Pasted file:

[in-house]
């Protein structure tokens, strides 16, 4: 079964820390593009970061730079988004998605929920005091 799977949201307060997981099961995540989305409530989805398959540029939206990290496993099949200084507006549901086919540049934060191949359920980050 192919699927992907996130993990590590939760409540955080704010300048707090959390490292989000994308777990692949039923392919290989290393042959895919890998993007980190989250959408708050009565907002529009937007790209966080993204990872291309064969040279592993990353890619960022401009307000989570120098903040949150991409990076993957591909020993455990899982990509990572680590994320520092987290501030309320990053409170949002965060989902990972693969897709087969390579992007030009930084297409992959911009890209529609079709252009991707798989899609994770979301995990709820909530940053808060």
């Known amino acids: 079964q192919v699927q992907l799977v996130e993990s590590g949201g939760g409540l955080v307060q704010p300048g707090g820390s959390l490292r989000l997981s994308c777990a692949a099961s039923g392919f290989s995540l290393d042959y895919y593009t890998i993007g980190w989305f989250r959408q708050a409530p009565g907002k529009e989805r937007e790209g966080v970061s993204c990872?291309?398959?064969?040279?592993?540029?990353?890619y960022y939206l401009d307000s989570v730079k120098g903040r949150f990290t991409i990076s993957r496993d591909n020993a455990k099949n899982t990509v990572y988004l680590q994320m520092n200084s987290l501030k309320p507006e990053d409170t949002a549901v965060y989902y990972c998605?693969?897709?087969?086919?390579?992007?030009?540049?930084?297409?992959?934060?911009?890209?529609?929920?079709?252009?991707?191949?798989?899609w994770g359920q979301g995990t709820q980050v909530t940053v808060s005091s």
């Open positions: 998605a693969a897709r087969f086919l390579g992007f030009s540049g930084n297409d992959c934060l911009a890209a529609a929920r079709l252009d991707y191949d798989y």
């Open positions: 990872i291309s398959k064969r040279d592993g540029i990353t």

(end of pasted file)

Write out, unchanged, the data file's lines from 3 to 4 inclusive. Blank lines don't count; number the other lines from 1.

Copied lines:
């Known amino acids: 079964q192919v699927q992907l799977v996130e993990s590590g949201g939760g409540l955080v307060q704010p300048g707090g820390s959390l490292r989000l997981s994308c777990a692949a099961s039923g392919f290989s995540l290393d042959y895919y593009t890998i993007g980190w989305f989250r959408q708050a409530p009565g907002k529009e989805r937007e790209g966080v970061s993204c990872?291309?398959?064969?040279?592993?540029?990353?890619y960022y939206l401009d307000s989570v730079k120098g903040r949150f990290t991409i990076s993957r496993d591909n020993a455990k099949n899982t990509v990572y988004l680590q994320m520092n200084s987290l501030k309320p507006e990053d409170t949002a549901v965060y989902y990972c998605?693969?897709?087969?086919?390579?992007?030009?540049?930084?297409?992959?934060?911009?890209?529609?929920?079709?252009?991707?191949?798989?899609w994770g359920q979301g995990t709820q980050v909530t940053v808060s005091s």
């Open positions: 998605a693969a897709r087969f086919l390579g992007f030009s540049g930084n297409d992959c934060l911009a890209a529609a929920r079709l252009d991707y191949d798989y």